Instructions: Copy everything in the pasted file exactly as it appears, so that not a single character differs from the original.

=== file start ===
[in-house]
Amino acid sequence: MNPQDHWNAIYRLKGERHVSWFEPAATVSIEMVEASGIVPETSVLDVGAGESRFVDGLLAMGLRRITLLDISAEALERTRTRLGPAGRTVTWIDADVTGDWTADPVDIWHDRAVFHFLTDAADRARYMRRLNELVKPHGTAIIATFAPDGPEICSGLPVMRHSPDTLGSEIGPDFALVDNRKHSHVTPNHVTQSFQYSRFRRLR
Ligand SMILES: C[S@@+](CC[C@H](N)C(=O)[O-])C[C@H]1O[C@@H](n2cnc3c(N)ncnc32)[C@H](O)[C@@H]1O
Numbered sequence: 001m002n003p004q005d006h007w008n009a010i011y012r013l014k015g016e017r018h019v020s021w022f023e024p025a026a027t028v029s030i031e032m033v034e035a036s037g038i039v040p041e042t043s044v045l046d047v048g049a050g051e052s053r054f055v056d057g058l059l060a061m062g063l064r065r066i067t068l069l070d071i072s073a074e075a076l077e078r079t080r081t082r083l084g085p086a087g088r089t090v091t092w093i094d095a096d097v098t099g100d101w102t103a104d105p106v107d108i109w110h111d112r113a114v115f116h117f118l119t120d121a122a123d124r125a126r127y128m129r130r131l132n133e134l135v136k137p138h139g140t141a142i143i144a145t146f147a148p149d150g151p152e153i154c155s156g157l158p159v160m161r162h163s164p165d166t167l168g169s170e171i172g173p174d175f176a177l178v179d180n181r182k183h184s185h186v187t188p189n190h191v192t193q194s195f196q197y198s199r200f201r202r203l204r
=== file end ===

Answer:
[in-house]
Amino acid sequence: MNPQDHWNAIYRLKGERHVSWFEPAATVSIEMVEASGIVPETSVLDVGAGESRFVDGLLAMGLRRITLLDISAEALERTRTRLGPAGRTVTWIDADVTGDWTADPVDIWHDRAVFHFLTDAADRARYMRRLNELVKPHGTAIIATFAPDGPEICSGLPVMRHSPDTLGSEIGPDFALVDNRKHSHVTPNHVTQSFQYSRFRRLR
Ligand SMILES: C[S@@+](CC[C@H](N)C(=O)[O-])C[C@H]1O[C@@H](n2cnc3c(N)ncnc32)[C@H](O)[C@@H]1O
Numbered sequence: 001m002n003p004q005d006h007w008n009a010i011y012r013l014k015g016e017r018h019v020s021w022f023e024p025a026a027t028v029s030i031e032m033v034e035a036s037g038i039v040p041e042t043s044v045l046d047v048g049a050g051e052s053r054f055v056d057g058l059l060a061m062g063l064r065r066i067t068l069l070d071i072s073a074e075a076l077e078r079t080r081t082r083l084g085p086a087g088r089t090v091t092w093i094d095a096d097v098t099g100d101w102t103a104d105p106v107d108i109w110h111d112r113a114v115f116h117f118l119t120d121a122a123d124r125a126r127y128m129r130r131l132n133e134l135v136k137p138h139g140t141a142i143i144a145t146f147a148p149d150g151p152e153i154c155s156g157l158p159v160m161r162h163s164p165d166t167l168g169s170e171i172g173p174d175f176a177l178v179d180n181r182k183h184s185h186v187t188p189n190h191v192t193q194s195f196q197y198s199r200f201r202r203l204r